When the Victor label became RCA-Victor in 1945, the parent company, Radio Corporation of America, gradually began a process of eliminating traces of Victor - slowly - over the following 25 years. By the 1960s, executives at Radio Corporation of America determined (in order to build a dock to ship large machines out of Camden, N.J. in search of cheaper labor) that it would be wise and resourceful to build a dock surrounding and using “that old Victor Vault” (containing over 300,000 metal master, acetate, test, and shellac discs across 4 floors) as fill to save money on concrete. A date was set for demolition and while many employees, collectors, and some executives opposed the action and saved as many masters as they could during a period in which they were allowed to enter the building, only an estimated 50 to 100 thousand pieces were saved from their watery grave in the Delaware River, where many remain buried deep in concrete today. 

During the demolition, many recorded masters by seminal artists like Woody Guthrie, Lead Belly, and Rachmaninov were lost for all time, They simply weren’t important to the company or most record buyers at the time. Embarrassingly, after Radio Corporation of America was purchased by G.E. in the mid 1980s, G.E. sold the company’s RCA Records division to German-owned BMG Music who then sold it to Sony in Japan. When these companies sought to reissue historic artists, they were often shocked to find they no longer owned the master recording. These companies were forced to purchase masters by contacting former employees & collectors and even resorting to re-issuing recordings that had been transferred directly from a clean copy of the record that would have been purchased in stores! Later, while comparing similar stories of lost historic recordings and their companies' decisions to destroy their own masters, Billboard Magazine called Radio Corporation of America’s demolition of the Victor Vault in Camden the “most spectacular case of wholesale vault trashing” in the music industry. By this feat, 1960s RCA executives were able to pull off a rare hat trick of destroying a historic building, historic recordings & culture, while simultaneously polluting the river into which these items were bulldozed... Now that's what I call music!™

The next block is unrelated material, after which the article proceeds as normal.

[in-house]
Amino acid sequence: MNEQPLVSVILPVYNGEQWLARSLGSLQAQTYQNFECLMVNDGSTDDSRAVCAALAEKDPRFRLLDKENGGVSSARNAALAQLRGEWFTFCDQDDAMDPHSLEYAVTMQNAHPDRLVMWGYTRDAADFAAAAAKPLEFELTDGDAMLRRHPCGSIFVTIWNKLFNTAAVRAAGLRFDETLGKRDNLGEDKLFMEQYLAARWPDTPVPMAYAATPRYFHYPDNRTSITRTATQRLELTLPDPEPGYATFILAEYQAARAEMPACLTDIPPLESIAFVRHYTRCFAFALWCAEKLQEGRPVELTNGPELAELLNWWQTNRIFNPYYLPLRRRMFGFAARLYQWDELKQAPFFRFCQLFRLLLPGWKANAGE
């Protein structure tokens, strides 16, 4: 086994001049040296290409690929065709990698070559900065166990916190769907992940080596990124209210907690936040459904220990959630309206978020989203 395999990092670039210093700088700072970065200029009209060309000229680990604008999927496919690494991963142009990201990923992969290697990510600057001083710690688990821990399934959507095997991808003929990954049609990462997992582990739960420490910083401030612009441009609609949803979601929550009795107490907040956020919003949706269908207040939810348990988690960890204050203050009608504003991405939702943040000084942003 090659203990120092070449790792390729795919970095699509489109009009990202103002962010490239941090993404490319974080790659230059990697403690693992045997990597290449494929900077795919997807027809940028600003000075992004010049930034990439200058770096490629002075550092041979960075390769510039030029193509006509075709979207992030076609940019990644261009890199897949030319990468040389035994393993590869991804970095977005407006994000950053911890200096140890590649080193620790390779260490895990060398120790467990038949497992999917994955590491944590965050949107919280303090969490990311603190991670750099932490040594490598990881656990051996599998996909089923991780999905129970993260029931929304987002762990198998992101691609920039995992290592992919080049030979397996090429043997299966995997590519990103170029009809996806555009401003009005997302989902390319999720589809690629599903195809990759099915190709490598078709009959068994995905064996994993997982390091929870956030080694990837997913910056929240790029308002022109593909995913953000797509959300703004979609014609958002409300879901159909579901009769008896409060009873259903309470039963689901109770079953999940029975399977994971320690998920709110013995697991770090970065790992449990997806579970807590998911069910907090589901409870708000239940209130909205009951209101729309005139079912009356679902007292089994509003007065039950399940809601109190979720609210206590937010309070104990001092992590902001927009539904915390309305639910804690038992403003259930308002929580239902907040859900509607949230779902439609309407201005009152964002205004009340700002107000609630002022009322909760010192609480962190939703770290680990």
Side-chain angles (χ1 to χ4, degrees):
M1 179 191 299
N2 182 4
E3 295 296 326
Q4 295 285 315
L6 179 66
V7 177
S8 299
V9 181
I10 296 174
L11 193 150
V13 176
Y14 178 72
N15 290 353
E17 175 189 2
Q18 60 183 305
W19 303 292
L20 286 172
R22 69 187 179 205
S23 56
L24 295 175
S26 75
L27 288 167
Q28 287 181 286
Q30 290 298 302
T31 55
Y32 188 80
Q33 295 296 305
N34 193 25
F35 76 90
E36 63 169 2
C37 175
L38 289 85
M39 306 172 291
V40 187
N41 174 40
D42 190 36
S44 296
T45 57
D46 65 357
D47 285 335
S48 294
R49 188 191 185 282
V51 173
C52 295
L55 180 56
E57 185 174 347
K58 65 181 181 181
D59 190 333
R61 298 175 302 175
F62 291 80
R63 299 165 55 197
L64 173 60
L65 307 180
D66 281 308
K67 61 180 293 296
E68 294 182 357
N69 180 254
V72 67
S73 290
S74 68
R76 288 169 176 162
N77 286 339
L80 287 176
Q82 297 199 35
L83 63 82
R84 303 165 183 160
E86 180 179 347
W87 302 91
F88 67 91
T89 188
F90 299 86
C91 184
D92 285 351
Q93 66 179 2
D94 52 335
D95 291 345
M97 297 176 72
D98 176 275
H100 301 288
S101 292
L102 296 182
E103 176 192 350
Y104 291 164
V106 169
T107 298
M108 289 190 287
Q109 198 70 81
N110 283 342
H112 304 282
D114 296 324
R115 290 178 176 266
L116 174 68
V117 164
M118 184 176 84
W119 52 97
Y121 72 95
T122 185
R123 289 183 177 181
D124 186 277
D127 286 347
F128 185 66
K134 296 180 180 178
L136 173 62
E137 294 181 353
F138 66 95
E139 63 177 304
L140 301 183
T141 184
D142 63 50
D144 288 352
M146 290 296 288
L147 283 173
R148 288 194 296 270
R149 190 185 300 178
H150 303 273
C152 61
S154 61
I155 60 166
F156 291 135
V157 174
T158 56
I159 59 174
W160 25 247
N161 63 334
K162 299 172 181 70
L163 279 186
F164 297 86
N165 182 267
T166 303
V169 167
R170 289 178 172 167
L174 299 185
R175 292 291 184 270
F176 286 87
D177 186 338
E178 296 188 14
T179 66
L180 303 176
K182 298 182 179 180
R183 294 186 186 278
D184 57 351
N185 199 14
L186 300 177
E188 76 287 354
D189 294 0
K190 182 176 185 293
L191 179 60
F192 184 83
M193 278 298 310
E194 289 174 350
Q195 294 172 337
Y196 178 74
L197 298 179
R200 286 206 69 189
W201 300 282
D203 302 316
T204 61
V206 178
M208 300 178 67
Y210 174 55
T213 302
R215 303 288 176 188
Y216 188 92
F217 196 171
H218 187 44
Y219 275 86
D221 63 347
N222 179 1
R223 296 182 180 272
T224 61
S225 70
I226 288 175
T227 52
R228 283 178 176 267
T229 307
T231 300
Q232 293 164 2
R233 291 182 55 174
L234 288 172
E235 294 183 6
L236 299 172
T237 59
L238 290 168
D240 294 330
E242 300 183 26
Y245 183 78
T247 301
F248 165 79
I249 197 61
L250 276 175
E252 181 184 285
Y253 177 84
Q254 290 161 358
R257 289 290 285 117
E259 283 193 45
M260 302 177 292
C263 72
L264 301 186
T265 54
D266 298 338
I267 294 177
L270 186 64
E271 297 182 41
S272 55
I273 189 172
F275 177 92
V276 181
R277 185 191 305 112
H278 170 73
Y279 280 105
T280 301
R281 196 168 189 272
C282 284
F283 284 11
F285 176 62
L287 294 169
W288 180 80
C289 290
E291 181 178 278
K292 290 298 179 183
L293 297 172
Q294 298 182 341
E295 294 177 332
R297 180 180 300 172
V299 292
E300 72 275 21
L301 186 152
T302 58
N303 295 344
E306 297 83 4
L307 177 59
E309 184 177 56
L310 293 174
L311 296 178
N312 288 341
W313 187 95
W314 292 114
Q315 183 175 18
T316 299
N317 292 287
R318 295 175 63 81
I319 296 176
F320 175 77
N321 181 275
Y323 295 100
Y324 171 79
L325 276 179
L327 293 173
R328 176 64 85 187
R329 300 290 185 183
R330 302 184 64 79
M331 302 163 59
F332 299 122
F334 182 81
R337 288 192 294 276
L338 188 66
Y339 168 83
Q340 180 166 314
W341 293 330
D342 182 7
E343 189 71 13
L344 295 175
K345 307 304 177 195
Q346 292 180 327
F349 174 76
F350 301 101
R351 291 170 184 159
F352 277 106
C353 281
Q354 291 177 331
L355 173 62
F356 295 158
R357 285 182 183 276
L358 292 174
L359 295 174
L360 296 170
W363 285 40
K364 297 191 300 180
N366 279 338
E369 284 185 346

How can I get Involved?

If you are reading this, you already are! We thank you for coming to a show or event at The Vault at Victor Records. Portions of every ticket sale go to keeping these incredibly historic master recordings preserved, protected, and restored not only to optimum condition for remastering but also to their original home in Camden County. The sales of all non-profit Victor Talking Machine Co. “His Master’s Voice” label historic re-issue records (located in The Vault’s Gift Shop), go directly towards the preservation of the masters contained in the vault. If you or someone you know would like to donate to the His Master’s Voice non-profit organization, please feel free to contact us at any time by calling 1-844-802-2557 (Victor Talking Machine Label Group) or by placing a monetary donation below.